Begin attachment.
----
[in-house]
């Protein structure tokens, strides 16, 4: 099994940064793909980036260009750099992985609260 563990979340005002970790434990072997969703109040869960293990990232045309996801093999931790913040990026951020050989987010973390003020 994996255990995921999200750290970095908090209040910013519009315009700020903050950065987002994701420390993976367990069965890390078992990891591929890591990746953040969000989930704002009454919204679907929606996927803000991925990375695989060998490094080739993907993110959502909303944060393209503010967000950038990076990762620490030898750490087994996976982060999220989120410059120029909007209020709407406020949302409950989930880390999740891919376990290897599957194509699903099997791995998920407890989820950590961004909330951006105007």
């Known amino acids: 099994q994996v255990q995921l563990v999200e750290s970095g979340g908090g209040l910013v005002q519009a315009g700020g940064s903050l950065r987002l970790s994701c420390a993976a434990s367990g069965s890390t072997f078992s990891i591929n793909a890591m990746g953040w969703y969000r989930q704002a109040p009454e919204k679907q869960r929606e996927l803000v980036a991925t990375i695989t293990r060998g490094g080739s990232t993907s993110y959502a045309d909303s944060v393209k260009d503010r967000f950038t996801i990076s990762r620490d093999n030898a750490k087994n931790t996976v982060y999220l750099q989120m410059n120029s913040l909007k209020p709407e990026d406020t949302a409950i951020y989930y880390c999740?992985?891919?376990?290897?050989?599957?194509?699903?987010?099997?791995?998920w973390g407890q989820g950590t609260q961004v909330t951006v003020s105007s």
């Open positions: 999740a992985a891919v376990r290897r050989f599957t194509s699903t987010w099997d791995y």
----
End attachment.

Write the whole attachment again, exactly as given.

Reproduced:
[in-house]
């Protein structure tokens, strides 16, 4: 099994940064793909980036260009750099992985609260 563990979340005002970790434990072997969703109040869960293990990232045309996801093999931790913040990026951020050989987010973390003020 994996255990995921999200750290970095908090209040910013519009315009700020903050950065987002994701420390993976367990069965890390078992990891591929890591990746953040969000989930704002009454919204679907929606996927803000991925990375695989060998490094080739993907993110959502909303944060393209503010967000950038990076990762620490030898750490087994996976982060999220989120410059120029909007209020709407406020949302409950989930880390999740891919376990290897599957194509699903099997791995998920407890989820950590961004909330951006105007």
């Known amino acids: 099994q994996v255990q995921l563990v999200e750290s970095g979340g908090g209040l910013v005002q519009a315009g700020g940064s903050l950065r987002l970790s994701c420390a993976a434990s367990g069965s890390t072997f078992s990891i591929n793909a890591m990746g953040w969703y969000r989930q704002a109040p009454e919204k679907q869960r929606e996927l803000v980036a991925t990375i695989t293990r060998g490094g080739s990232t993907s993110y959502a045309d909303s944060v393209k260009d503010r967000f950038t996801i990076s990762r620490d093999n030898a750490k087994n931790t996976v982060y999220l750099q989120m410059n120029s913040l909007k209020p709407e990026d406020t949302a409950i951020y989930y880390c999740?992985?891919?376990?290897?050989?599957?194509?699903?987010?099997?791995?998920w973390g407890q989820g950590t609260q961004v909330t951006v003020s105007s």
């Open positions: 999740a992985a891919v376990r290897r050989f599957t194509s699903t987010w099997d791995y």